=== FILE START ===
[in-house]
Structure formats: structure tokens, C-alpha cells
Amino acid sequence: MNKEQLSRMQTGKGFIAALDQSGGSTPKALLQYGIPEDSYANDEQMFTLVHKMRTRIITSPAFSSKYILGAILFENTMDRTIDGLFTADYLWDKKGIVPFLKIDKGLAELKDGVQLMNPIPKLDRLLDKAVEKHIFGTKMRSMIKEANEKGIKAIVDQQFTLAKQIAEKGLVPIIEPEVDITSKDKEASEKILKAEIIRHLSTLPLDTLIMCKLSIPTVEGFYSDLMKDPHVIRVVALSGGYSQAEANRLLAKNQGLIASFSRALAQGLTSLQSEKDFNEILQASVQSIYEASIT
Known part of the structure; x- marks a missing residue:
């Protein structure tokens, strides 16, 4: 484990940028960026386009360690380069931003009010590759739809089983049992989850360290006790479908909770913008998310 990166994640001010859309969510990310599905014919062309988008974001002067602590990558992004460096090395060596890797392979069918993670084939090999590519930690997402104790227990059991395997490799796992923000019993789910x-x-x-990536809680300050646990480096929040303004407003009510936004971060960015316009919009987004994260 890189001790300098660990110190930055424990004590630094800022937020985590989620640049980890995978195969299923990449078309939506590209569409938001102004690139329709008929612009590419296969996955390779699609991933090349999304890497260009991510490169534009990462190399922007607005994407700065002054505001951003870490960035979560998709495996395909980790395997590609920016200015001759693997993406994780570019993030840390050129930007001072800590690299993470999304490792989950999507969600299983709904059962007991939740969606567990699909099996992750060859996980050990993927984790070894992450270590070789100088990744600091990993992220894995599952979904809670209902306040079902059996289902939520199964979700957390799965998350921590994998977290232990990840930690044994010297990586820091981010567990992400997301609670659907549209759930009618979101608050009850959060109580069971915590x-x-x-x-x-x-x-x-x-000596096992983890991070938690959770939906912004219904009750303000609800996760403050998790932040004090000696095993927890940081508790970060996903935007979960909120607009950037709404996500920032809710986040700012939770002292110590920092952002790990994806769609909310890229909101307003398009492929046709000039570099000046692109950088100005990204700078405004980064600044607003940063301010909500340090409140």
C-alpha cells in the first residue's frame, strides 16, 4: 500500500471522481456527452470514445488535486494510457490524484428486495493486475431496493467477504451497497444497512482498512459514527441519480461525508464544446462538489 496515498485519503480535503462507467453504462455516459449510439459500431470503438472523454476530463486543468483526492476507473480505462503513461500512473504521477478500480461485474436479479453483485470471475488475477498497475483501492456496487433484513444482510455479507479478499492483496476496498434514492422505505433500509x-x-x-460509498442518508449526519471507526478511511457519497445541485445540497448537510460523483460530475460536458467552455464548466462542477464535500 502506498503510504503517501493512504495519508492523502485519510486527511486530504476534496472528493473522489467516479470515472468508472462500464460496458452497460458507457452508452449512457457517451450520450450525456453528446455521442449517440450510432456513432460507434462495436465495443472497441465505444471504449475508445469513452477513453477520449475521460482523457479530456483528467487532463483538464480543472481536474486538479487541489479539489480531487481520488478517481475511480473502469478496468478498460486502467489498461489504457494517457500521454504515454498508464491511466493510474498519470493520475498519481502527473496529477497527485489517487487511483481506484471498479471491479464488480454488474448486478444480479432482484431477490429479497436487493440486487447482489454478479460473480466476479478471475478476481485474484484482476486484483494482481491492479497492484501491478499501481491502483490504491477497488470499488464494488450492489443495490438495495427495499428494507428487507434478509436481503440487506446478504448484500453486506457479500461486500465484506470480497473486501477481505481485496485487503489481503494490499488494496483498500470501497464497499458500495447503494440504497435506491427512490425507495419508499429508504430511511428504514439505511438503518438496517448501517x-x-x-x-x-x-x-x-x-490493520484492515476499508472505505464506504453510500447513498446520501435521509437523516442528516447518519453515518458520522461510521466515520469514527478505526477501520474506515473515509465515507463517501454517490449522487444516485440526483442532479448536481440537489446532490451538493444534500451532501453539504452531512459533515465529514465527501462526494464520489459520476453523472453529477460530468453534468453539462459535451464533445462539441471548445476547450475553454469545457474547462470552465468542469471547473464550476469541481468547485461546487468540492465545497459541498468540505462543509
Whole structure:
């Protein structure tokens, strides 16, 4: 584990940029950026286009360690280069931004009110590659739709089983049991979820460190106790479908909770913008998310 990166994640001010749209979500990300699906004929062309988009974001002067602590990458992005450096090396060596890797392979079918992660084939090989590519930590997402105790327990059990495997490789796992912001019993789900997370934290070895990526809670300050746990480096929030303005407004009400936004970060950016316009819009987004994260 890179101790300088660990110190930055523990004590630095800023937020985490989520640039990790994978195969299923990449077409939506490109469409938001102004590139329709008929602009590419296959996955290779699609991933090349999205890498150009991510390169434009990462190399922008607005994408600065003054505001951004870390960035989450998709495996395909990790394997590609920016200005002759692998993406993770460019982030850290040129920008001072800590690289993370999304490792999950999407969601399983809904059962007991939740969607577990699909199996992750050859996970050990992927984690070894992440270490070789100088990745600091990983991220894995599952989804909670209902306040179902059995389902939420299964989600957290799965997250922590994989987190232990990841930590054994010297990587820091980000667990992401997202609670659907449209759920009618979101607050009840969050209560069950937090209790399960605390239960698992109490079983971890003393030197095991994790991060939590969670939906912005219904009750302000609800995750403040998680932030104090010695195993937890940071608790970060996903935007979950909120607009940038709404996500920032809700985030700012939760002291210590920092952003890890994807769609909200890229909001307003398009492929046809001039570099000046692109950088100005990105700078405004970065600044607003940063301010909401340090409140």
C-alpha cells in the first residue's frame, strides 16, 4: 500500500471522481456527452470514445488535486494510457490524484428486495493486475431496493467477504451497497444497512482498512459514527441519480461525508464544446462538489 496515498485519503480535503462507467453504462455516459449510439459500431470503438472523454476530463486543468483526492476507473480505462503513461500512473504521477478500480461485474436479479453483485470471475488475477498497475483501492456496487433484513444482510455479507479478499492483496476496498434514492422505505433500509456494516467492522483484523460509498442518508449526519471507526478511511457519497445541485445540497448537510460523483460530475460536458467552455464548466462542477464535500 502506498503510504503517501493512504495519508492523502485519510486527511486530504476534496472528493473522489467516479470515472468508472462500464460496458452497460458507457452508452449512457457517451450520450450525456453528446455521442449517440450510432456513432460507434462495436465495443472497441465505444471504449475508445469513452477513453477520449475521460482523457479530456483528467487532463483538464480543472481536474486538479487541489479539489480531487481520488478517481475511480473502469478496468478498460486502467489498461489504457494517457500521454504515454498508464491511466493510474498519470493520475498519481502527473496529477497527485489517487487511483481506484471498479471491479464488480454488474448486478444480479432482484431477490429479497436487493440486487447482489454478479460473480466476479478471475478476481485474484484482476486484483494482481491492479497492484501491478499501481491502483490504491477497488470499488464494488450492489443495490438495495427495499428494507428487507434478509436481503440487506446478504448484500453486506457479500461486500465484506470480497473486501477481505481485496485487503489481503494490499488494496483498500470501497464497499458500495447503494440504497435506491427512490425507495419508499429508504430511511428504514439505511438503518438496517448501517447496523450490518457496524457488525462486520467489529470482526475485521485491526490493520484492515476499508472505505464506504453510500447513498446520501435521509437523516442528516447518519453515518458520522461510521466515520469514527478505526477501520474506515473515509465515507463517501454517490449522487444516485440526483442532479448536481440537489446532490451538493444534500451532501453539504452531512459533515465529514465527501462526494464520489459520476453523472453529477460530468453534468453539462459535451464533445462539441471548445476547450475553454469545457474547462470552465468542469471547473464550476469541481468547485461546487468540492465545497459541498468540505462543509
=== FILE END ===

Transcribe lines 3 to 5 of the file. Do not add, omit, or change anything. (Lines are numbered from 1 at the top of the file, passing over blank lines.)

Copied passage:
Amino acid sequence: MNKEQLSRMQTGKGFIAALDQSGGSTPKALLQYGIPEDSYANDEQMFTLVHKMRTRIITSPAFSSKYILGAILFENTMDRTIDGLFTADYLWDKKGIVPFLKIDKGLAELKDGVQLMNPIPKLDRLLDKAVEKHIFGTKMRSMIKEANEKGIKAIVDQQFTLAKQIAEKGLVPIIEPEVDITSKDKEASEKILKAEIIRHLSTLPLDTLIMCKLSIPTVEGFYSDLMKDPHVIRVVALSGGYSQAEANRLLAKNQGLIASFSRALAQGLTSLQSEKDFNEILQASVQSIYEASIT
Known part of the structure; x- marks a missing residue:
């Protein structure tokens, strides 16, 4: 484990940028960026386009360690380069931003009010590759739809089983049992989850360290006790479908909770913008998310 990166994640001010859309969510990310599905014919062309988008974001002067602590990558992004460096090395060596890797392979069918993670084939090999590519930690997402104790227990059991395997490799796992923000019993789910x-x-x-990536809680300050646990480096929040303004407003009510936004971060960015316009919009987004994260 890189001790300098660990110190930055424990004590630094800022937020985590989620640049980890995978195969299923990449078309939506590209569409938001102004690139329709008929612009590419296969996955390779699609991933090349999304890497260009991510490169534009990462190399922007607005994407700065002054505001951003870490960035979560998709495996395909980790395997590609920016200015001759693997993406994780570019993030840390050129930007001072800590690299993470999304490792989950999507969600299983709904059962007991939740969606567990699909099996992750060859996980050990993927984790070894992450270590070789100088990744600091990993992220894995599952979904809670209902306040079902059996289902939520199964979700957390799965998350921590994998977290232990990840930690044994010297990586820091981010567990992400997301609670659907549209759930009618979101608050009850959060109580069971915590x-x-x-x-x-x-x-x-x-000596096992983890991070938690959770939906912004219904009750303000609800996760403050998790932040004090000696095993927890940081508790970060996903935007979960909120607009950037709404996500920032809710986040700012939770002292110590920092952002790990994806769609909310890229909101307003398009492929046709000039570099000046692109950088100005990204700078405004980064600044607003940063301010909500340090409140």